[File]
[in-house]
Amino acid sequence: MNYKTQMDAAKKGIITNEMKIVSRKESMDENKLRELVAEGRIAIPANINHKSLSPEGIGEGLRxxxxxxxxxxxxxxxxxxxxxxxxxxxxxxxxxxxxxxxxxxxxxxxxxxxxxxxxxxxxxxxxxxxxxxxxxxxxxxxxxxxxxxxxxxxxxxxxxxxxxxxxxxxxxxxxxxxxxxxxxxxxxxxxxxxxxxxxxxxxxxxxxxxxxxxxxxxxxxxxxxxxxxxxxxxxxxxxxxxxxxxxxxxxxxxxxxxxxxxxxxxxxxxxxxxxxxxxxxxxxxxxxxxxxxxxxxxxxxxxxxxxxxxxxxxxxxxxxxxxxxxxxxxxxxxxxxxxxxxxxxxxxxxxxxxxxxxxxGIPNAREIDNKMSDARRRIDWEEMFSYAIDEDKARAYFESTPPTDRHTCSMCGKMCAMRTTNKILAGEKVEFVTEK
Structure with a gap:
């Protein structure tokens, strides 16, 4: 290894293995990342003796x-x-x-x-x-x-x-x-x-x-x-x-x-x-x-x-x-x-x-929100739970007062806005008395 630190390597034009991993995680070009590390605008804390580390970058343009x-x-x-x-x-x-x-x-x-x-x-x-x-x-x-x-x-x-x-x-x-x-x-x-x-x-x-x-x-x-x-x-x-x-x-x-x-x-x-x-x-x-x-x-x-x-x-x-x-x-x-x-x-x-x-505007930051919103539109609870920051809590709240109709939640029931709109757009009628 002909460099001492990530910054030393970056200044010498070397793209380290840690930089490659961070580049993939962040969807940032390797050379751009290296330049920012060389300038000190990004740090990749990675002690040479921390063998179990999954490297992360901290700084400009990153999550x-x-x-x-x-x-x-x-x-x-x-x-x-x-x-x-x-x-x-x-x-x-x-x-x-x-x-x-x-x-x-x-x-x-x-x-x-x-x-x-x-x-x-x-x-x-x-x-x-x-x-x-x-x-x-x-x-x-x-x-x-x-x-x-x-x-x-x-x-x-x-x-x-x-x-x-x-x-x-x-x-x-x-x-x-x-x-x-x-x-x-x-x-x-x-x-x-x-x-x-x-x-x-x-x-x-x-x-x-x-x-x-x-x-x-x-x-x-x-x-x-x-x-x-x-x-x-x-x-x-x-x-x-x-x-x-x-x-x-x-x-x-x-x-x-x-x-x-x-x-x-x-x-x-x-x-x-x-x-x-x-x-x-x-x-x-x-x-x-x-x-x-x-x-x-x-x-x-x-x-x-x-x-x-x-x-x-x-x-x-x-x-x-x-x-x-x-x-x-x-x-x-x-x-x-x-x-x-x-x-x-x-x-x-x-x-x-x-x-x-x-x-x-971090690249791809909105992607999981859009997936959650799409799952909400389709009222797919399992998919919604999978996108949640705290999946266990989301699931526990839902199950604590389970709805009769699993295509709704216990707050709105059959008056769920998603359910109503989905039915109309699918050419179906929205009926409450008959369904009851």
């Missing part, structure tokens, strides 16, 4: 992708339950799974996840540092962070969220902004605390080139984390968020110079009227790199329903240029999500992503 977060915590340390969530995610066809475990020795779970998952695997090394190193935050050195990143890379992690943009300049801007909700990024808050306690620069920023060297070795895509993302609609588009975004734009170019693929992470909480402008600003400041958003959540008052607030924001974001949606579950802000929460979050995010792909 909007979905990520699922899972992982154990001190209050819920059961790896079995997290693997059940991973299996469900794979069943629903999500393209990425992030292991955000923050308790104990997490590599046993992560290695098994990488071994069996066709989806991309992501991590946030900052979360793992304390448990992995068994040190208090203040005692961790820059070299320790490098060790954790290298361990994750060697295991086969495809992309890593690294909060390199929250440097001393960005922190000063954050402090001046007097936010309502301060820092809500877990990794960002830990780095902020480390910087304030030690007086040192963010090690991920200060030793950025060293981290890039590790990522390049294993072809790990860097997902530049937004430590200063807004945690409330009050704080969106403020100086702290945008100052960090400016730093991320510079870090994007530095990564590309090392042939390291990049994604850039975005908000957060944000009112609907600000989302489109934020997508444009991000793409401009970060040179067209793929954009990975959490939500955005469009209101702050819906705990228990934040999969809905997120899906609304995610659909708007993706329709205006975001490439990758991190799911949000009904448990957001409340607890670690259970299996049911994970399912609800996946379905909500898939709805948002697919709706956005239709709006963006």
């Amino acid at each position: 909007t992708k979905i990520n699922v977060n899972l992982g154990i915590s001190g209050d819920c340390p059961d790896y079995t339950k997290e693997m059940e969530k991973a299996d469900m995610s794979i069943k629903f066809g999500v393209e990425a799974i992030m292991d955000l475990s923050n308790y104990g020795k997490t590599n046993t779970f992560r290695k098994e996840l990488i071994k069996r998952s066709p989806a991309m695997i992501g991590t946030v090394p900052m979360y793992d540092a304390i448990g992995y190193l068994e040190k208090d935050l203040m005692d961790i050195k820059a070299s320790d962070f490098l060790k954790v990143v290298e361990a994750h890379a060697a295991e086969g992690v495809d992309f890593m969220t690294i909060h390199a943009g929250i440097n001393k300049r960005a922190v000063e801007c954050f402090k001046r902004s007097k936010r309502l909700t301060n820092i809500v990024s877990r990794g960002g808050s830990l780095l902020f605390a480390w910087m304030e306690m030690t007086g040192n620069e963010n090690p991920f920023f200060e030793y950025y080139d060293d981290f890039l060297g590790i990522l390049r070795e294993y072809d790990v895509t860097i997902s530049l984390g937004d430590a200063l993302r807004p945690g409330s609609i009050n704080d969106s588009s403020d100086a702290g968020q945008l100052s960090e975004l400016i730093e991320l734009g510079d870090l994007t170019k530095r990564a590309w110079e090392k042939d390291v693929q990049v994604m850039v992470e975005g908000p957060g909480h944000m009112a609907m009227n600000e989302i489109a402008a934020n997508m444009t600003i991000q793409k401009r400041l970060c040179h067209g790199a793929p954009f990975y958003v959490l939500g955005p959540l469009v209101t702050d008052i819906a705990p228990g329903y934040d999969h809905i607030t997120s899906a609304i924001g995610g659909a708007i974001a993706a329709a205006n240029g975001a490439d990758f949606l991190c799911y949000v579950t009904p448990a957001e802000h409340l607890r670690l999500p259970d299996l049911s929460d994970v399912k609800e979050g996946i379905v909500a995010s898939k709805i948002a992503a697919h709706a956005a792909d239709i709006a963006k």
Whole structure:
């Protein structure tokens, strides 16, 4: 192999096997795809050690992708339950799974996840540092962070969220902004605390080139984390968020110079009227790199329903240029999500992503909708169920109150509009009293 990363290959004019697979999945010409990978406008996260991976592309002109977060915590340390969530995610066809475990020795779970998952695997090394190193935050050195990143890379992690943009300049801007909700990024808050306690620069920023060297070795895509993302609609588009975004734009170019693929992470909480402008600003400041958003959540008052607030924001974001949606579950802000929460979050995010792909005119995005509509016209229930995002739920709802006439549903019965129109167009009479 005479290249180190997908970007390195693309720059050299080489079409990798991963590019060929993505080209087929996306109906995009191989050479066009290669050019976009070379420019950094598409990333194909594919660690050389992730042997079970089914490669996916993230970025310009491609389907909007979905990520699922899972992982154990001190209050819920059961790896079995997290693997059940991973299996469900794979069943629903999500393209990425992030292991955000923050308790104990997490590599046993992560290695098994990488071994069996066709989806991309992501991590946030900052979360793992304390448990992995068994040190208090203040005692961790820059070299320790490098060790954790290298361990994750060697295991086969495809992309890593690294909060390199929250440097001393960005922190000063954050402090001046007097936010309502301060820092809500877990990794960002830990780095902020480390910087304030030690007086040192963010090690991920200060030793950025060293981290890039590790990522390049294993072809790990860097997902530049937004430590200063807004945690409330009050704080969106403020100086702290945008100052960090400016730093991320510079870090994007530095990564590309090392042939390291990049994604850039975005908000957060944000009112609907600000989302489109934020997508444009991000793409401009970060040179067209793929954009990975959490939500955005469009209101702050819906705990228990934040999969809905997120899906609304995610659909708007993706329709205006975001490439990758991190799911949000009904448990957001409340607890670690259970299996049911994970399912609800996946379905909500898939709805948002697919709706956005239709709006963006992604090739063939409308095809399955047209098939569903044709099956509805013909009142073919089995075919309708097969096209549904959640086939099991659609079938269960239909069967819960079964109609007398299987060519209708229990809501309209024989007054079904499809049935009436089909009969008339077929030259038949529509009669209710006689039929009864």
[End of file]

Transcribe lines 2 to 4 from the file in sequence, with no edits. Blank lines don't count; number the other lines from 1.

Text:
Amino acid sequence: MNYKTQMDAAKKGIITNEMKIVSRKESMDENKLRELVAEGRIAIPANINHKSLSPEGIGEGLRxxxxxxxxxxxxxxxxxxxxxxxxxxxxxxxxxxxxxxxxxxxxxxxxxxxxxxxxxxxxxxxxxxxxxxxxxxxxxxxxxxxxxxxxxxxxxxxxxxxxxxxxxxxxxxxxxxxxxxxxxxxxxxxxxxxxxxxxxxxxxxxxxxxxxxxxxxxxxxxxxxxxxxxxxxxxxxxxxxxxxxxxxxxxxxxxxxxxxxxxxxxxxxxxxxxxxxxxxxxxxxxxxxxxxxxxxxxxxxxxxxxxxxxxxxxxxxxxxxxxxxxxxxxxxxxxxxxxxxxxxxxxxxxxxxxxxxxxxGIPNAREIDNKMSDARRRIDWEEMFSYAIDEDKARAYFESTPPTDRHTCSMCGKMCAMRTTNKILAGEKVEFVTEK
Structure with a gap:
């Protein structure tokens, strides 16, 4: 290894293995990342003796x-x-x-x-x-x-x-x-x-x-x-x-x-x-x-x-x-x-x-929100739970007062806005008395 630190390597034009991993995680070009590390605008804390580390970058343009x-x-x-x-x-x-x-x-x-x-x-x-x-x-x-x-x-x-x-x-x-x-x-x-x-x-x-x-x-x-x-x-x-x-x-x-x-x-x-x-x-x-x-x-x-x-x-x-x-x-x-x-x-x-x-505007930051919103539109609870920051809590709240109709939640029931709109757009009628 002909460099001492990530910054030393970056200044010498070397793209380290840690930089490659961070580049993939962040969807940032390797050379751009290296330049920012060389300038000190990004740090990749990675002690040479921390063998179990999954490297992360901290700084400009990153999550x-x-x-x-x-x-x-x-x-x-x-x-x-x-x-x-x-x-x-x-x-x-x-x-x-x-x-x-x-x-x-x-x-x-x-x-x-x-x-x-x-x-x-x-x-x-x-x-x-x-x-x-x-x-x-x-x-x-x-x-x-x-x-x-x-x-x-x-x-x-x-x-x-x-x-x-x-x-x-x-x-x-x-x-x-x-x-x-x-x-x-x-x-x-x-x-x-x-x-x-x-x-x-x-x-x-x-x-x-x-x-x-x-x-x-x-x-x-x-x-x-x-x-x-x-x-x-x-x-x-x-x-x-x-x-x-x-x-x-x-x-x-x-x-x-x-x-x-x-x-x-x-x-x-x-x-x-x-x-x-x-x-x-x-x-x-x-x-x-x-x-x-x-x-x-x-x-x-x-x-x-x-x-x-x-x-x-x-x-x-x-x-x-x-x-x-x-x-x-x-x-x-x-x-x-x-x-x-x-x-x-x-x-x-x-x-x-x-x-x-x-x-x-971090690249791809909105992607999981859009997936959650799409799952909400389709009222797919399992998919919604999978996108949640705290999946266990989301699931526990839902199950604590389970709805009769699993295509709704216990707050709105059959008056769920998603359910109503989905039915109309699918050419179906929205009926409450008959369904009851």